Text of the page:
The jagged pieces of a puzzle make very little sense until at last they are all fitted together and only then the picture becomes evident. For instance, take old man Melenski. Although a recluse, an inventor and an entrepreneur, he lived most of his life in a log cabin on an open and dusty plain north of the tiny mining village of Davisville, Ontario, Canada and then he retired. His business, the Melen Mining Company, was winding down as the gold became uneconomical to retrieve. More and more people moved south where a better living could be made in the new and upcoming industries of that era.
Never a man for other people’s inventions, Melenski had no phone or even that new fandangle electricity stuff. The new house, his retirement home, was heated by wood or coal. The light came from candles or oil lamps with the occasional use of chemical battery power – his own invention. As a hedge against inflation and possible robbers he had buried a thousand 2-ounce bars of pure hallmarked gold under the floor of the new house. The gold came from the Melen mine and effectively cost him nothing.
On a hot summer’s night in the year 1909, old man Melenski walked from his new house to his private laboratory for what would be the last time ever. An hour later an inferno broke out in the new house. Flames and sparks leapt into the hot night sky, yet no one seemed to be around to sound the alarm. The volunteer fire service would take far too long to reach the blaze – that is if anyone ever noticed it. Horse-drawn vehicles along with hand-operated pumps eventually reached the site of the conflagration and proved totally ineffective against this well-established fire.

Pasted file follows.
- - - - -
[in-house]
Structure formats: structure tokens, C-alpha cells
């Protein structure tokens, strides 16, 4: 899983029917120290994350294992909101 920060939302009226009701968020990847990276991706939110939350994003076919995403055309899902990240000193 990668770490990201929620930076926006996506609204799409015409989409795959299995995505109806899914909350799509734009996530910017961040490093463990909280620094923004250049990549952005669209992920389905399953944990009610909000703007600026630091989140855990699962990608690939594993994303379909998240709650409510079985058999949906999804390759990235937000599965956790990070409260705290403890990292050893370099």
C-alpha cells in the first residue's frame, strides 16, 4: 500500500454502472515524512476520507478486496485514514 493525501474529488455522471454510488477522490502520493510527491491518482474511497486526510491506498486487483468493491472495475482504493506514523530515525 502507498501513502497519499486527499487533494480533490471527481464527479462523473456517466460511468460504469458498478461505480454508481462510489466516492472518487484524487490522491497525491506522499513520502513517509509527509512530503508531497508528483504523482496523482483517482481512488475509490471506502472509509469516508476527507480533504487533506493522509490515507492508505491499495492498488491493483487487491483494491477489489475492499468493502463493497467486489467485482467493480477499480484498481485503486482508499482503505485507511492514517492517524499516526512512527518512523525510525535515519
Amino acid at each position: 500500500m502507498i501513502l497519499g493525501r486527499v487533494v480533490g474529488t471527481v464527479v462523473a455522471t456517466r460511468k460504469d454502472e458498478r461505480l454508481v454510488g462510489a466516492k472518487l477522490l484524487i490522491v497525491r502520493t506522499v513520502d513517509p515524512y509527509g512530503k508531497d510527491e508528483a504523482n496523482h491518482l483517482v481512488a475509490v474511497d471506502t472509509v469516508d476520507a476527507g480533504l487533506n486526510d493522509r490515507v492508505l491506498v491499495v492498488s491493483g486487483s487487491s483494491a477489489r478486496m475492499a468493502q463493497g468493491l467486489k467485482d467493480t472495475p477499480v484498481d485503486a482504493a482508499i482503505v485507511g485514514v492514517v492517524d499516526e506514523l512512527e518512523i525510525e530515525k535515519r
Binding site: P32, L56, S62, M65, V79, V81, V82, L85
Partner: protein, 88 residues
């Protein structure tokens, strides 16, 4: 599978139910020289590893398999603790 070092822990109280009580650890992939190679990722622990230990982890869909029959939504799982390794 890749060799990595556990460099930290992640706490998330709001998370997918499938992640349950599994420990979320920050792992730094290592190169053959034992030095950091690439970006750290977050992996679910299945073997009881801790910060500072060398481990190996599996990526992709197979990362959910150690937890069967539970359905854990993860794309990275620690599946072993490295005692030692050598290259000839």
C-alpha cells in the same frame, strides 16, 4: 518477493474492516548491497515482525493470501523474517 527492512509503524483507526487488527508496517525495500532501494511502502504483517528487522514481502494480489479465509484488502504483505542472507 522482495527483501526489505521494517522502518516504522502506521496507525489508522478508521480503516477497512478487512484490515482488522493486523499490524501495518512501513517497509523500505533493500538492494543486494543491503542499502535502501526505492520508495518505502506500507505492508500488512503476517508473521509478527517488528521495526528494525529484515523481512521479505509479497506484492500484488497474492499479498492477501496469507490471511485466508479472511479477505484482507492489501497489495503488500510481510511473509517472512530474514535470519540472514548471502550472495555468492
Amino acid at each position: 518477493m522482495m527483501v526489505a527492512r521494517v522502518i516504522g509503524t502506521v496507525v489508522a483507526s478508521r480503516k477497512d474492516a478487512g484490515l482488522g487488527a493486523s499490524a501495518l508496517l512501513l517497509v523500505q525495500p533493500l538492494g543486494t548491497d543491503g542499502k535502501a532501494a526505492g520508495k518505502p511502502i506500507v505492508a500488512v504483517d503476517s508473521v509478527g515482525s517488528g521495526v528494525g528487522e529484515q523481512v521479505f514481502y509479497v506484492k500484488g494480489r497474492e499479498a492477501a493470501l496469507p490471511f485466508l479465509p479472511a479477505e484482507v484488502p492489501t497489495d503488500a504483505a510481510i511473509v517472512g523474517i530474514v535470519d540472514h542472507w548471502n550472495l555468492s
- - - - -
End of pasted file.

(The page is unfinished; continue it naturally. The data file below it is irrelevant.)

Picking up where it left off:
Time settled over the area like a hot and dusty blanket. Great snows in the winter and arid desert-like dryness shrivelled all but the shaded grass in the summer. The Melen mine became just another dangerous area with hazardous, unprotected and disused ventilation shafts dotting the countryside. The new house grew older and older as the weather and insects consumed what remained of any uncharred woodwork. The only surviving and undamaged tree was a giant horse chestnut which shaded the old laboratory. New conifers grew from seeds brought by the wind and birds, replacing the surrounding pine trees burned or disfigured by the fire.
The advent of the automobile brought people north again, once more making living there practical. The World Wars I and II came and went as the tiny village of Davisville grew into a farming town and expanded with the growth of the twentieth century. As the twenty-first century rolled round hardly anyone remembered Gustaf Melenski or the Melen Mining Company. No longer did anyone ask the question: “whatever happened to that old man?”